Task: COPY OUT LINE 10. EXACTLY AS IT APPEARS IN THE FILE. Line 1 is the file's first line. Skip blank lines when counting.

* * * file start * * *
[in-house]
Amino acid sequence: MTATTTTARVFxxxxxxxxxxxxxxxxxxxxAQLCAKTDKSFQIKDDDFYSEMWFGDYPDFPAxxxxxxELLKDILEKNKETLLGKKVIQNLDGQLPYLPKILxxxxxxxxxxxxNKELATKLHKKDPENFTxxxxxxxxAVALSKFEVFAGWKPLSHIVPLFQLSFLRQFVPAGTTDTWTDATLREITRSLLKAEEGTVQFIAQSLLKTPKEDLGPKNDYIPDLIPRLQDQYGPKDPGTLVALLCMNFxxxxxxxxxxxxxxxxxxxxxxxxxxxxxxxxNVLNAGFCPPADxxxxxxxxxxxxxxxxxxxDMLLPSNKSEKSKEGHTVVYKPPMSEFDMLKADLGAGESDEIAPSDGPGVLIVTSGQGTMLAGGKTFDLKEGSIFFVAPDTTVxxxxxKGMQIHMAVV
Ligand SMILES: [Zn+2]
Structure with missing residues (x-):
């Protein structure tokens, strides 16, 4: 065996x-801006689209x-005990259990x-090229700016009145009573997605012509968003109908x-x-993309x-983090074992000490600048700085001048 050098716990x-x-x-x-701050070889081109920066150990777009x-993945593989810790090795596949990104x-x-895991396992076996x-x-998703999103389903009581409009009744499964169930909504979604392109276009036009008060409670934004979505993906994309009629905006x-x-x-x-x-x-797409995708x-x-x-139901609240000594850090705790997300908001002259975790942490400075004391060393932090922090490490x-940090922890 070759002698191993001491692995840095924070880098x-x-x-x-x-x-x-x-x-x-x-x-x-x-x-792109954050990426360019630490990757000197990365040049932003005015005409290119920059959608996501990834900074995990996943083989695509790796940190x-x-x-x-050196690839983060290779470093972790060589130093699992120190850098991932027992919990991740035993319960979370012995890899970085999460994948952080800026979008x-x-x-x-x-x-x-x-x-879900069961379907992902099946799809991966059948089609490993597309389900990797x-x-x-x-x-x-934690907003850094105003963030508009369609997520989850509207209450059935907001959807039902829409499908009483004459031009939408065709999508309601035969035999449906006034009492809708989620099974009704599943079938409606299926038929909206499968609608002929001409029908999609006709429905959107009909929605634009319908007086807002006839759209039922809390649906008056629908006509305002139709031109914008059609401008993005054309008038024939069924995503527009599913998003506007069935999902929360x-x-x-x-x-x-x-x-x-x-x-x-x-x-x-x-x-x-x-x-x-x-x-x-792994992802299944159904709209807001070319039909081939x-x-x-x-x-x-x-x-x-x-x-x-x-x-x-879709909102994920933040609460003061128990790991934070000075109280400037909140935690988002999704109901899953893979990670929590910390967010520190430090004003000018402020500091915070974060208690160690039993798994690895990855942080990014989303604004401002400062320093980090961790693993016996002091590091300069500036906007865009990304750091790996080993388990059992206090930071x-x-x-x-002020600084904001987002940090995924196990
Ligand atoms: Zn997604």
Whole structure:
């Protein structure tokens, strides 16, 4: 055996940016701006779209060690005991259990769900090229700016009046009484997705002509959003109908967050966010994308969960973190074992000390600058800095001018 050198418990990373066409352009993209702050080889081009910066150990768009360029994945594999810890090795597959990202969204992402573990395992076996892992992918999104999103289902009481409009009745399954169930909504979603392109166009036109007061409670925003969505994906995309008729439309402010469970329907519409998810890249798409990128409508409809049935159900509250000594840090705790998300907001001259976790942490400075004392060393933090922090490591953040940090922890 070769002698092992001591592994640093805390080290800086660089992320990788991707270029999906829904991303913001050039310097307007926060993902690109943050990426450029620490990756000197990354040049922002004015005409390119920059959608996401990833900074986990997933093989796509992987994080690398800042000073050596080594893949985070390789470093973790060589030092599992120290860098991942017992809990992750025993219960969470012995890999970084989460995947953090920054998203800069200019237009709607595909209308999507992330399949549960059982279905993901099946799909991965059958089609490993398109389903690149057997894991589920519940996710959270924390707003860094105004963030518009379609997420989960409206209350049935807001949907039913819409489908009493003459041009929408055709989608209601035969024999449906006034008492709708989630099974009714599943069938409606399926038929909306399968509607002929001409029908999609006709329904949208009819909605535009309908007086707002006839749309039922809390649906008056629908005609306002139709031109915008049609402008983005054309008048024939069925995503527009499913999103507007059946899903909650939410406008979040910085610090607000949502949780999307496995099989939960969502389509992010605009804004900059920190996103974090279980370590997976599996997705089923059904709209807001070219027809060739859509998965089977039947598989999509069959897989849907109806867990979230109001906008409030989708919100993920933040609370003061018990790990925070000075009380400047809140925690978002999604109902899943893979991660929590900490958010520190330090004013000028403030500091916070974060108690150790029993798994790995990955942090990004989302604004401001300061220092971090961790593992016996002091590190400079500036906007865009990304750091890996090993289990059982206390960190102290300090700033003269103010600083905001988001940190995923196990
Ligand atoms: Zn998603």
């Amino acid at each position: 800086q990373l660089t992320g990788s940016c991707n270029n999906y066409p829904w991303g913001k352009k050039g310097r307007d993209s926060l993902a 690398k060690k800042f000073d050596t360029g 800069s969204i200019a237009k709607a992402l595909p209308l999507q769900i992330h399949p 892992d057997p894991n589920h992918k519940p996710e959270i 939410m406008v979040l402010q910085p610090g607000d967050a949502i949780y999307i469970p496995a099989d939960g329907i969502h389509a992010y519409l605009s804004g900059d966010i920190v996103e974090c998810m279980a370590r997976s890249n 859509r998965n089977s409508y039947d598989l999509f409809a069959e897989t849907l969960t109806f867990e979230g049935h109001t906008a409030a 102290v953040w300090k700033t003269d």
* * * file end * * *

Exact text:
């Amino acid at each position: 800086q990373l660089t992320g990788s940016c991707n270029n999906y066409p829904w991303g913001k352009k050039g310097r307007d993209s926060l993902a 690398k060690k800042f000073d050596t360029g 800069s969204i200019a237009k709607a992402l595909p209308l999507q769900i992330h399949p 892992d057997p894991n589920h992918k519940p996710e959270i 939410m406008v979040l402010q910085p610090g607000d967050a949502i949780y999307i469970p496995a099989d939960g329907i969502h389509a992010y519409l605009s804004g900059d966010i920190v996103e974090c998810m279980a370590r997976s890249n 859509r998965n089977s409508y039947d598989l999509f409809a069959e897989t849907l969960t109806f867990e979230g049935h109001t906008a409030a 102290v953040w300090k700033t003269d």